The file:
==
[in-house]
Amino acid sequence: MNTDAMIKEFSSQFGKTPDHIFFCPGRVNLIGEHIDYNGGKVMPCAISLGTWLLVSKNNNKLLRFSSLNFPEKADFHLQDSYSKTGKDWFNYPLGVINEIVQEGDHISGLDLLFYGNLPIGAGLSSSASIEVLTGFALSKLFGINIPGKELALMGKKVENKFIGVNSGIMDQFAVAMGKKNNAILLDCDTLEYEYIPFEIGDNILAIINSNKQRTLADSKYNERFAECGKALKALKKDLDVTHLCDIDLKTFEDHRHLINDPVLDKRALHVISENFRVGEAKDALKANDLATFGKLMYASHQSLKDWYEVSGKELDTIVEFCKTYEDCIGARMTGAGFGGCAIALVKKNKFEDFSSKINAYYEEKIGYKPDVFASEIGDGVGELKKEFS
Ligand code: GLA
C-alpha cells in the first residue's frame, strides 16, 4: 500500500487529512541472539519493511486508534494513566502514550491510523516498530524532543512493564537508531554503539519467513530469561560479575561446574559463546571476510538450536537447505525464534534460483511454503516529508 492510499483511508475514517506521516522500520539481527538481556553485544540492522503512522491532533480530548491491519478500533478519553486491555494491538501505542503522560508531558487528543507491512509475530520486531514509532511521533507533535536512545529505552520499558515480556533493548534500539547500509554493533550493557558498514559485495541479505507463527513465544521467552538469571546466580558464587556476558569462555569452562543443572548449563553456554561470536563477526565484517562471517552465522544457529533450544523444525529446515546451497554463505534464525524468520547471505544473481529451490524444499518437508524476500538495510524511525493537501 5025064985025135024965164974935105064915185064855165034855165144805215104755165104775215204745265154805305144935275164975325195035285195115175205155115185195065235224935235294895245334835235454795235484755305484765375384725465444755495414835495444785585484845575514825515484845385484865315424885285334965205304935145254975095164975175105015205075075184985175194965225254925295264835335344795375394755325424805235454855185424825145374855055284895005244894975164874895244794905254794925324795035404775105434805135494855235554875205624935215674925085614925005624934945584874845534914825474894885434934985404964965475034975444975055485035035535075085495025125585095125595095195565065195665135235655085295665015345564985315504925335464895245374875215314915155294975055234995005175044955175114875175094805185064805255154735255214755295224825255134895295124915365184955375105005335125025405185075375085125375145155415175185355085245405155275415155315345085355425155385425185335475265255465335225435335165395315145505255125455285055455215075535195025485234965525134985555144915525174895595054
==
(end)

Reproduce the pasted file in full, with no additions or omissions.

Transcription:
[in-house]
Amino acid sequence: MNTDAMIKEFSSQFGKTPDHIFFCPGRVNLIGEHIDYNGGKVMPCAISLGTWLLVSKNNNKLLRFSSLNFPEKADFHLQDSYSKTGKDWFNYPLGVINEIVQEGDHISGLDLLFYGNLPIGAGLSSSASIEVLTGFALSKLFGINIPGKELALMGKKVENKFIGVNSGIMDQFAVAMGKKNNAILLDCDTLEYEYIPFEIGDNILAIINSNKQRTLADSKYNERFAECGKALKALKKDLDVTHLCDIDLKTFEDHRHLINDPVLDKRALHVISENFRVGEAKDALKANDLATFGKLMYASHQSLKDWYEVSGKELDTIVEFCKTYEDCIGARMTGAGFGGCAIALVKKNKFEDFSSKINAYYEEKIGYKPDVFASEIGDGVGELKKEFS
Ligand code: GLA
C-alpha cells in the first residue's frame, strides 16, 4: 500500500487529512541472539519493511486508534494513566502514550491510523516498530524532543512493564537508531554503539519467513530469561560479575561446574559463546571476510538450536537447505525464534534460483511454503516529508 492510499483511508475514517506521516522500520539481527538481556553485544540492522503512522491532533480530548491491519478500533478519553486491555494491538501505542503522560508531558487528543507491512509475530520486531514509532511521533507533535536512545529505552520499558515480556533493548534500539547500509554493533550493557558498514559485495541479505507463527513465544521467552538469571546466580558464587556476558569462555569452562543443572548449563553456554561470536563477526565484517562471517552465522544457529533450544523444525529446515546451497554463505534464525524468520547471505544473481529451490524444499518437508524476500538495510524511525493537501 5025064985025135024965164974935105064915185064855165034855165144805215104755165104775215204745265154805305144935275164975325195035285195115175205155115185195065235224935235294895245334835235454795235484755305484765375384725465444755495414835495444785585484845575514825515484845385484865315424885285334965205304935145254975095164975175105015205075075184985175194965225254925295264835335344795375394755325424805235454855185424825145374855055284895005244894975164874895244794905254794925324795035404775105434805135494855235554875205624935215674925085614925005624934945584874845534914825474894885434934985404964965475034975444975055485035035535075085495025125585095125595095195565065195665135235655085295665015345564985315504925335464895245374875215314915155294975055234995005175044955175114875175094805185064805255154735255214755295224825255134895295124915365184955375105005335125025405185075375085125375145155415175185355085245405155275415155315345085355425155385425185335475265255465335225435335165395315145505255125455285055455215075535195025485234965525134985555144915525174895595054